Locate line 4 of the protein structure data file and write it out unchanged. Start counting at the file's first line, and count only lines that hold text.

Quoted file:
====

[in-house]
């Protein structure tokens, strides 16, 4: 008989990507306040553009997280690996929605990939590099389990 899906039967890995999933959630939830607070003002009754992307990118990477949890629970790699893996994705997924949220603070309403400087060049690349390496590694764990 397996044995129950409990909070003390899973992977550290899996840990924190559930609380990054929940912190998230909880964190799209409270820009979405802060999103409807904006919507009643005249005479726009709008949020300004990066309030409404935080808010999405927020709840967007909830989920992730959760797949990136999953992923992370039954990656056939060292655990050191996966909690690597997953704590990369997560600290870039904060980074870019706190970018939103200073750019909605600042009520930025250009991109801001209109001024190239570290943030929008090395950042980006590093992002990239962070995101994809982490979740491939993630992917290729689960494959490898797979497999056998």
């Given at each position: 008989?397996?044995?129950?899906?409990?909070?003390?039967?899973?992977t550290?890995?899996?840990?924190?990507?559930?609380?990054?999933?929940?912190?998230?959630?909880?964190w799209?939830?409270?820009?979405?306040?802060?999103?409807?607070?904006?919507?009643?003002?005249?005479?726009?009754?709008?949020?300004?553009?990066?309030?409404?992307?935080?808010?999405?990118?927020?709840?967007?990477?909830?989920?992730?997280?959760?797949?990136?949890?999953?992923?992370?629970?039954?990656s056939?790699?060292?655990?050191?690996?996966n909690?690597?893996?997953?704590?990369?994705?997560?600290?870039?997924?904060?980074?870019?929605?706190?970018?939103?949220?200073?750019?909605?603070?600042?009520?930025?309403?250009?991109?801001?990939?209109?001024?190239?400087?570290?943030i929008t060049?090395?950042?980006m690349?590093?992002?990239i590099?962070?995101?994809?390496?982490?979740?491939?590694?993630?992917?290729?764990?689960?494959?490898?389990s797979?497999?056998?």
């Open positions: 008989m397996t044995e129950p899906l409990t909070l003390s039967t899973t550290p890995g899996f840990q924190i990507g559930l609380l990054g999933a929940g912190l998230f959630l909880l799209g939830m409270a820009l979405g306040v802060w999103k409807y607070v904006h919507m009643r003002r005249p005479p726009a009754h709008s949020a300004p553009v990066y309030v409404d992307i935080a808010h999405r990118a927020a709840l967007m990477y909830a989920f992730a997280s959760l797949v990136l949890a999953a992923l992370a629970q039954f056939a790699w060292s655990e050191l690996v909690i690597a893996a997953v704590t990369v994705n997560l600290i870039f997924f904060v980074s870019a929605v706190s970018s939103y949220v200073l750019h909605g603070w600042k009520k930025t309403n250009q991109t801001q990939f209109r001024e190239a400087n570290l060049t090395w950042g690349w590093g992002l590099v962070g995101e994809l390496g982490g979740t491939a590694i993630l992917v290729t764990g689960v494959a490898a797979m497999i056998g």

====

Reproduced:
């Open positions: 008989m397996t044995e129950p899906l409990t909070l003390s039967t899973t550290p890995g899996f840990q924190i990507g559930l609380l990054g999933a929940g912190l998230f959630l909880l799209g939830m409270a820009l979405g306040v802060w999103k409807y607070v904006h919507m009643r003002r005249p005479p726009a009754h709008s949020a300004p553009v990066y309030v409404d992307i935080a808010h999405r990118a927020a709840l967007m990477y909830a989920f992730a997280s959760l797949v990136l949890a999953a992923l992370a629970q039954f056939a790699w060292s655990e050191l690996v909690i690597a893996a997953v704590t990369v994705n997560l600290i870039f997924f904060v980074s870019a929605v706190s970018s939103y949220v200073l750019h909605g603070w600042k009520k930025t309403n250009q991109t801001q990939f209109r001024e190239a400087n570290l060049t090395w950042g690349w590093g992002l590099v962070g995101e994809l390496g982490g979740t491939a590694i993630l992917v290729t764990g689960v494959a490898a797979m497999i056998g």